Several methods exist for surveying the dunes and estimate their migration rate. Among methods suitable for the macroscopic scale, the use of the satellite images available on Google Earth is a convenient resource, in particular because of its time series. Some examples of the use of this feature of Google Earth are here proposed.

AC Sparavigna, DISAT, Politecnico di Torino

Wednesday, December 30, 2015

Footprints of Brazilian Coastal Dunes


The satellite images of Google Earth show an interesting feature of some coastal dunes of Brazil. They are leaving, during their motion, some “footprints” behind, which are sedimentary patterns. In this manner, it is possible to follow year after year the motion of such dunes.


More details in PHILICA:
"Patterns of Moving Brazilian Coastal Dunes"

Monday, December 29, 2014

Transverse Dunes of Peru

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Transverse dunes in Peru

Peruvian Transverse Dunes in the Google Earth Images
Amelia Carolina Sparavigna (Department of Applied Science and Technology, Politecnico di Torino), Published in enviro.philica.com

Abstract: A sand sea where winds create an endlessly moving collection of long dunes, like waves on the surface of water: this is the landscape of transverse dunes that we can see in Peru by means of satellite images of Google Earth. Here we will show some examples of these dune fields. Keywords: Sand dunes, Transverse dunes, Peru, Barchans, Google Earth.

More at: http://www.philica.com/display_article.php?article_id=447


Saturday, August 17, 2013

Comparison


Dunes of the Kharga Oasis and the Olympic Stadium of Torino

Thursday, August 15, 2013

Peru

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"Moving Dunes on the Google Earth"


From Google Earth to Tatooine

On 11 August 2013 I found this article entitled "Star Wars home of Anakin Skywalker threatened by dune" http://www.bbc.co.uk/news/science-environment-23375344 It is told that "Sand dunes migrating over the Tunisian desert are poised to bury a famous Star Wars film set. The buildings of the fictional city Mos Espa featured in The Phantom Menace, "Episode I" of the Jedi saga. Sited on the planet Tatooine, this was the home of the young Anakin Skywalker ... Scientists have used the dwellings as a fixed geographic reference to measure the migration of giant wind-blown crescent-shaped dunes, or barchans. They have published details in the journal Geomorphology." The paper is in press, and you can see it at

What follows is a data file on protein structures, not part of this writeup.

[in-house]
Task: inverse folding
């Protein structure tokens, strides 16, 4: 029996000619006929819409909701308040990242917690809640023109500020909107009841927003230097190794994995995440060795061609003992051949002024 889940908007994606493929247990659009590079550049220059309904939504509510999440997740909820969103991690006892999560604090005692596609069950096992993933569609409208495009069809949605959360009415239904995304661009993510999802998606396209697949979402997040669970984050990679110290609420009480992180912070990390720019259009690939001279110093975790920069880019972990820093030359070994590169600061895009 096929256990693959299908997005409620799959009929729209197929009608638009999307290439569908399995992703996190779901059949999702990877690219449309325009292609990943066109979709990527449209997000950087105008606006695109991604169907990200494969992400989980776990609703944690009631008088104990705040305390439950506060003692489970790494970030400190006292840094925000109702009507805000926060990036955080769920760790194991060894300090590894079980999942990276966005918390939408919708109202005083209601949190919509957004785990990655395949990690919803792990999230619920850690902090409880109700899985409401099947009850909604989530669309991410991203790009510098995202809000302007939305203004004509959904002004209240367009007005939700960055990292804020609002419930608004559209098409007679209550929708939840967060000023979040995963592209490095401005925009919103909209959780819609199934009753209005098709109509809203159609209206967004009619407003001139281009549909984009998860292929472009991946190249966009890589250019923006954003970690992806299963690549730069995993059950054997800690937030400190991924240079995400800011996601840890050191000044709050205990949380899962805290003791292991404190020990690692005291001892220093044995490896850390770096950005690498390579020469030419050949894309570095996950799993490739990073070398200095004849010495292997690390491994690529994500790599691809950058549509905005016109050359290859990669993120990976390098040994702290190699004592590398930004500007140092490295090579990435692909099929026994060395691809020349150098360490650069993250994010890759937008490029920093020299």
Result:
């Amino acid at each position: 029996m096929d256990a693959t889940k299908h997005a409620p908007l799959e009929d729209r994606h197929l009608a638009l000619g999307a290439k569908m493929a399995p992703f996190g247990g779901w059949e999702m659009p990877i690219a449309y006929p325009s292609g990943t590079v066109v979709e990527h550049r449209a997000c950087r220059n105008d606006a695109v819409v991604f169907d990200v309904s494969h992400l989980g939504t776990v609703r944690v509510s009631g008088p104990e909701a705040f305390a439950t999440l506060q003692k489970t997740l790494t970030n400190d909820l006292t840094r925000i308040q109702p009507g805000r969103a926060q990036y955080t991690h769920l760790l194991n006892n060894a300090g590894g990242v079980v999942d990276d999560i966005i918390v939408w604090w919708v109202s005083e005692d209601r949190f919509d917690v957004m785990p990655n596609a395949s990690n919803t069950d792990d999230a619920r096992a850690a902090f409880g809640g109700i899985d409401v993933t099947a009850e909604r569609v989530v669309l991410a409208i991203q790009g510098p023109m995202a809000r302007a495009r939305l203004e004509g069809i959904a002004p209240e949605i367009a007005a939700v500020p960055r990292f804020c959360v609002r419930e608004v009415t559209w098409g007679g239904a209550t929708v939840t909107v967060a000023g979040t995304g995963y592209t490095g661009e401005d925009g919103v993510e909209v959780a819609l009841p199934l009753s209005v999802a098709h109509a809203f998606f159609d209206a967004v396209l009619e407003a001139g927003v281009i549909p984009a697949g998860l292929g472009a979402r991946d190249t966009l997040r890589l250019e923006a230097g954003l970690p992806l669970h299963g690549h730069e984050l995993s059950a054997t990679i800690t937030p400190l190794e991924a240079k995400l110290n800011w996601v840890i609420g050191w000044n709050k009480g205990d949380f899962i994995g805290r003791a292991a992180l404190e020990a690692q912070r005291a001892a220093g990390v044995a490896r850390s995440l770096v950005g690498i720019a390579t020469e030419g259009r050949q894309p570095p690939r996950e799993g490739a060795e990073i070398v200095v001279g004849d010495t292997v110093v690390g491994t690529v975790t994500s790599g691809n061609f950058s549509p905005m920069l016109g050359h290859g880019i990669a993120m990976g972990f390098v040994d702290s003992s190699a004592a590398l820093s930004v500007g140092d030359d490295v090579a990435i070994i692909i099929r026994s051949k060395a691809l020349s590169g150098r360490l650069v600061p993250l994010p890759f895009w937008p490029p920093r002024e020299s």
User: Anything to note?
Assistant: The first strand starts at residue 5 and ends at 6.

http://www.sciencedirect.com/science/article/pii/S0169555X13003486
BBC continues "Ralph Lorenz, from Johns Hopkins University, ... visited the Mos Espa site in 2009, and noted that part of a nearby set used in Star Wars Episode IV: A New Hope had already been overrun. Using satellite images of the site, they were able to determine the speed of dune movement, which is approaching the buildings once inhabited by such luminaries as Anakin, his slave owner Watto, and rival podracer Sebulba".
Before these "Dunes on the planet Tatooine", on 4 January 2013 it was published my "Moving Dunes on the Google Earth", as you can find at http://arxiv.org/abs/1301.1290, where I showed how to use the time series of the Google Earth to estimate the motion of the barchans. I used the barchans in Peru. I have also discussed how to use reference points and adjust the Google images to have a "movie".
It seems that the authors of "Dunes on planet Tatooine: Observation of barchan migration at the Star Wars film set in Tunisia" do not know my "Moving dunes on the Google Earth" because my paper is not cited.
Therefore I cite myself!

And show you a "movie" of the barchan which is threatening Luke Skywalker's home.


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Kharga Oasis - Egypt

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